Science, technology, engineering and mathematics (STEM) sectors are largely occupied by men. The number of women in these industries is particularly low — findings from 2017 reported that only 23 per cent of STEM employees are women. This is undoubtedly low, however is 105,470 higher than rates in 2016.
Attitudes appear to be changing towards women in the STEM workforce. This year has seen some of the biggest names and influential figures in the industry being women, such as Kate Bouman, the woman who engineered the first image of a black hole. In this article, we track how more women have entered STEM than any other field in the past four decades...
Research by LinkedIn stated that of all career fields, STEM had more female employees over the last 40 years than any other sector. Philanthropist and former general manager at Microsoft, Melinda Gates, said: “Innovation happens when we approach urgent challenges from every different point of view. Bringing women and underrepresented minorities into the field guarantees that we see the full range of solutions to the real problems that people face in the world”.
Health and fitness app Fitbit came under scrutiny in 2018 when they released their period tracker which had a 10-day cycle. If more women were involved in the creation, they would’ve realised this was 3 days too long. In the States, the tech industry is one of the highest paying fields — yet women are still paid less than their male counterparts.
Breaking Through Bias
Biases are unfortunately a part of the way people think. Especially when we’ve been raised with the idea that men are better suited for certain jobs than women. Charles Darwin described women as intellectual inferiors and universities rejected women up until the 20th century.
Senior vice president for the American Association of University Women, Laura Segal, argued: “Teachers and parents provide explicit and implicit messages starting in early childhood that boys and men are ‘better’ at math, and the gaps in the professions reinforce the opportunities, culture and lack of role models that perpetuate male dominance”.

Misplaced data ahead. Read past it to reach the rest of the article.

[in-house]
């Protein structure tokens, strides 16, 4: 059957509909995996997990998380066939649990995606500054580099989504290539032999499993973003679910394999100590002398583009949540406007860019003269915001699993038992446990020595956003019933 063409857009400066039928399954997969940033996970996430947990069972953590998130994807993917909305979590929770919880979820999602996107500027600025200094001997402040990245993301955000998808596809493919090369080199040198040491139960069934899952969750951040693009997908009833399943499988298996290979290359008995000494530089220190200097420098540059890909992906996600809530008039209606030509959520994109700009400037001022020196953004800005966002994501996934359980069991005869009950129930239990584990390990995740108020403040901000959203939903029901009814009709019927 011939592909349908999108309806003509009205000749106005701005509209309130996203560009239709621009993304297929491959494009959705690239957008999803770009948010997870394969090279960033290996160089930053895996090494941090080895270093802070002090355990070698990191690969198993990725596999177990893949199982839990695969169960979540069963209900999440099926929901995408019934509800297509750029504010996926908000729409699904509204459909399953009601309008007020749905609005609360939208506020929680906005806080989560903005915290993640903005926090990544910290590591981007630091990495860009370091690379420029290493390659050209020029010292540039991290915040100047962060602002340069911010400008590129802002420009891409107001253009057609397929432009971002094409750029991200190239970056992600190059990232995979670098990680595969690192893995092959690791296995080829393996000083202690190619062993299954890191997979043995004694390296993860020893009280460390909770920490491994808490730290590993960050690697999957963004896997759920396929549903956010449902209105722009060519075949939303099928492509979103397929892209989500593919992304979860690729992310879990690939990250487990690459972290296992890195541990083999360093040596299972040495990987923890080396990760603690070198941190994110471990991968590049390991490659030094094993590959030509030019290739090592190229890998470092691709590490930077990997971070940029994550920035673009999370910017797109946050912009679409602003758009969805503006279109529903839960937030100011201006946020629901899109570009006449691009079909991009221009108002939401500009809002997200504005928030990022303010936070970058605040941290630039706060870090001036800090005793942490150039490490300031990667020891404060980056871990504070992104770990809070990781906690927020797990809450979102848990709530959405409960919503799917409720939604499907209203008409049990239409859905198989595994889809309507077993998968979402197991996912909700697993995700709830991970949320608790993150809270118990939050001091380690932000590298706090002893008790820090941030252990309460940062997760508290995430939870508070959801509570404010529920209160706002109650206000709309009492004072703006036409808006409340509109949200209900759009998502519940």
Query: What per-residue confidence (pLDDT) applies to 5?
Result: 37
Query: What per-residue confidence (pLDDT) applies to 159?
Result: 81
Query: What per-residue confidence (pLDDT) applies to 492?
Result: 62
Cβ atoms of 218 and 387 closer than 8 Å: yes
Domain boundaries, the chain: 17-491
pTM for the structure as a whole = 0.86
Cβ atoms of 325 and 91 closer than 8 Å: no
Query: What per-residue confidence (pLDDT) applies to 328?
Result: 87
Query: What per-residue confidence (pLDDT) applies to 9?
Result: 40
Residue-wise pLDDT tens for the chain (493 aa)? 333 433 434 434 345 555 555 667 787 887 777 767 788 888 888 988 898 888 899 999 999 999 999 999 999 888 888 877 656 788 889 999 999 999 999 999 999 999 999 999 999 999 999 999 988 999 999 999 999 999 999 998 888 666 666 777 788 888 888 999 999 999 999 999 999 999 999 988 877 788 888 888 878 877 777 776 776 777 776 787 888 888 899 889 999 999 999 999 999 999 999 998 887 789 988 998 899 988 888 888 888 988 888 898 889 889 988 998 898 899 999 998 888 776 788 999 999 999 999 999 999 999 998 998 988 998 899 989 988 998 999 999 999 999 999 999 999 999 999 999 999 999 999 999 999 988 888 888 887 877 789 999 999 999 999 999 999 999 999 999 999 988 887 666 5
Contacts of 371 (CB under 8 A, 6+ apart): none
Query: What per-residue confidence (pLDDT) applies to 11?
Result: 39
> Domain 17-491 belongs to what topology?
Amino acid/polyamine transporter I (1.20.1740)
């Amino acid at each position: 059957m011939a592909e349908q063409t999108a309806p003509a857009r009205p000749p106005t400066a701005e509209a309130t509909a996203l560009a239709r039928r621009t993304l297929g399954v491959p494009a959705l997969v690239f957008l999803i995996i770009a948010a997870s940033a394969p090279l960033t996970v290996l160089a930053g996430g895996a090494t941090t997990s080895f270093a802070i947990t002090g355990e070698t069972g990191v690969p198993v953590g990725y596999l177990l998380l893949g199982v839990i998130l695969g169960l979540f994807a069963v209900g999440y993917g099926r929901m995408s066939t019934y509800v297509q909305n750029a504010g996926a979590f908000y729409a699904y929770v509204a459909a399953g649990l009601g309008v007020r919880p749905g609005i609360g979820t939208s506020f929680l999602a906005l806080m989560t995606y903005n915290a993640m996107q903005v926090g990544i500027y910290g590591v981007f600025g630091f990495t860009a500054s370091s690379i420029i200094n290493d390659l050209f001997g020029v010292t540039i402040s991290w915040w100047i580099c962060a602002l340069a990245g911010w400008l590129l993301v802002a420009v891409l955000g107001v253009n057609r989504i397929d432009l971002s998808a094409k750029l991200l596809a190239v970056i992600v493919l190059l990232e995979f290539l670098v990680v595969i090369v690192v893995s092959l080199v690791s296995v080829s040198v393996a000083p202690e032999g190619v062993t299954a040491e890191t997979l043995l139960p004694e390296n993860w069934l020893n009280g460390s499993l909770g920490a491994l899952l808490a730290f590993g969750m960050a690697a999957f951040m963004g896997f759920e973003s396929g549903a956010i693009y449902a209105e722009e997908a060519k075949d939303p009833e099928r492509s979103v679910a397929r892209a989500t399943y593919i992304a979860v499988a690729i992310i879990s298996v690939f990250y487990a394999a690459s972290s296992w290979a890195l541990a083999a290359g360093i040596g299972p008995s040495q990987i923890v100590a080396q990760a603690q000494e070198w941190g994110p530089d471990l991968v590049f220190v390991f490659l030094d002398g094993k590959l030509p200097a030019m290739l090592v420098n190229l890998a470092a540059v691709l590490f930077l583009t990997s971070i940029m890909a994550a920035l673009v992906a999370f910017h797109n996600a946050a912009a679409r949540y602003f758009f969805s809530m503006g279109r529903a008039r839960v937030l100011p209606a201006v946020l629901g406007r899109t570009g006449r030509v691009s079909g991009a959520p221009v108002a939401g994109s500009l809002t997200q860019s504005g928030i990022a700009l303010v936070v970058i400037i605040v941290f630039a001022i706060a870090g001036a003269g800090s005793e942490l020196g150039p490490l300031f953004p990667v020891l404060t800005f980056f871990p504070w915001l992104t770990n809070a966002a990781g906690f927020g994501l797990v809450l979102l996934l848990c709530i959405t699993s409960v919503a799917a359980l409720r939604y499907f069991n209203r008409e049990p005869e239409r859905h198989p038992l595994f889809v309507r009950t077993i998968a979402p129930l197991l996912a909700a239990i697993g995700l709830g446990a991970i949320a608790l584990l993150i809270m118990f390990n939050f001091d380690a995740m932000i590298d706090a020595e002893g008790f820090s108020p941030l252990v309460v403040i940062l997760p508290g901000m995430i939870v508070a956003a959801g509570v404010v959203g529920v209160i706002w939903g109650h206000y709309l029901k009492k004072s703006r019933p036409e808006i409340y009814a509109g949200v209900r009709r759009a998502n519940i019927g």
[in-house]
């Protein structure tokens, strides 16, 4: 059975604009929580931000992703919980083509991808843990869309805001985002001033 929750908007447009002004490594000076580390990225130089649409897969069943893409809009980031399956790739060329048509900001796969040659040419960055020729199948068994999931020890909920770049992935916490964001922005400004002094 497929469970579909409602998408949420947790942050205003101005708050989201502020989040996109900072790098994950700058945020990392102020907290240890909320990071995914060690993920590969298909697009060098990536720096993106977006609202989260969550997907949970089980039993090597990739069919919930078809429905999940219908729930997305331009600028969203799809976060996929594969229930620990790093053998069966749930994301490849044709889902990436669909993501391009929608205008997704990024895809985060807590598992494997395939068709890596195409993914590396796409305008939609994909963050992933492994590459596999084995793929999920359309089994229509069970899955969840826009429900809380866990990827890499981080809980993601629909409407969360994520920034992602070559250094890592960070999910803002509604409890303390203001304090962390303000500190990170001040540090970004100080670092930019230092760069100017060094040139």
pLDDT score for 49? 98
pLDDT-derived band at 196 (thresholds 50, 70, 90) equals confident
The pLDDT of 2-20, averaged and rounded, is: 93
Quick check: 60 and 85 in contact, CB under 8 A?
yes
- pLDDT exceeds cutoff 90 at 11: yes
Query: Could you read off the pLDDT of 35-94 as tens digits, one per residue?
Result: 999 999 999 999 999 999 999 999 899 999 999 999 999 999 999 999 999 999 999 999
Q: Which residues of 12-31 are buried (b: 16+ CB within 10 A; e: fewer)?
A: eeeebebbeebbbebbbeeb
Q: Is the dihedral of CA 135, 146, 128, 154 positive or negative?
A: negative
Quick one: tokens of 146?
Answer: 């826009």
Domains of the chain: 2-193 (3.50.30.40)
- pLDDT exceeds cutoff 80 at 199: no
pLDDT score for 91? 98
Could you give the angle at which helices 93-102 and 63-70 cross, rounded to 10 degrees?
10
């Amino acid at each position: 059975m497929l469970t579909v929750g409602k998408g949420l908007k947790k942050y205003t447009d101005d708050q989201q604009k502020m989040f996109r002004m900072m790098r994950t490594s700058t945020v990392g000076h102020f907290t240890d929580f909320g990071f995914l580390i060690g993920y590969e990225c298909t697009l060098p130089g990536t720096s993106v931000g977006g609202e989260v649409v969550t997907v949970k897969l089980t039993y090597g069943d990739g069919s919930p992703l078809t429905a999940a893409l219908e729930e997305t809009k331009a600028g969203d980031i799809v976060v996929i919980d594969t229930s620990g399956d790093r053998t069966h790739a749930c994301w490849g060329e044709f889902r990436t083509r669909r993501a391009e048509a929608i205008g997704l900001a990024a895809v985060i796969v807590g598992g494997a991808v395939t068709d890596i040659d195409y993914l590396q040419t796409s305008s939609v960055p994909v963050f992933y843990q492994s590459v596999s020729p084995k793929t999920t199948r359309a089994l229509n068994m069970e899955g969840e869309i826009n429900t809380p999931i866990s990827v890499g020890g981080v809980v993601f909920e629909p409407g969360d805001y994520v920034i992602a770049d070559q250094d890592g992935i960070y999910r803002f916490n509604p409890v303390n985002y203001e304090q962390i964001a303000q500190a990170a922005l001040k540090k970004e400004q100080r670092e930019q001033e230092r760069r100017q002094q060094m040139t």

Schools and universities have increased initiatives to promote women in STEM since 2012. Previously, female students reported avoiding STEM courses because of a lack of female role models to identify with. If girls were taught about female role models like Marie Curie, for example, who discovered the effects of radiation, perhaps they’d be more inclined to pursue a career in the field.
To tackle this issue, more content around women in STEM has been introduced by exam boards. Rosalind Franklin, a woman central to the understanding of DNA, has been taught across the nation. This has been linked to this year’s A-level results, which saw female students studying STEM courses (50.3%) outnumber male students (49.7%).
There’s been an increase in funding to fix the STEM gender disparity. Philanthropists have donated $25 million to boost girls’ interest by changing the narrative that they’re masculine careers. It’s expected to inspire other girls to follow other successful women.
Sadly, it’s been a common theme for women to leave STEM careers due to it being heavily dominated by men, such as the engineering industry. They noted that they had to work twice as hard to be taken seriously and to earn respect.
125 female ambassadors were incorporated by Lyda Hill Philanthropists, representing the different STEM career paths. Part of the donation will be used to fund grants for women to study STEM courses.
Research by the Institution of Mechanical Engineers found that a shortage of STEM workers in the UK is costing around £1.5 billion annually. Apprenticeships have an equal gender balance, yet only nine per cent of STEM apprentices are women.
To overcome this disappointing figure, the UK government is helping women learn more about the opportunities apprenticeships offer to encourage them to pursue STEM. Lookers, who offer a range of motability cars, launched a female apprenticeship scheme back in 2018. The aim is to double the amount of their female apprenticeships and provide a positive environment to encourage and attract women to STEM.
Although it’s disappointing to hear about a gender disparity in today’s age, it’s encouraging to hear about how efforts are being made by many to make room for women in STEM.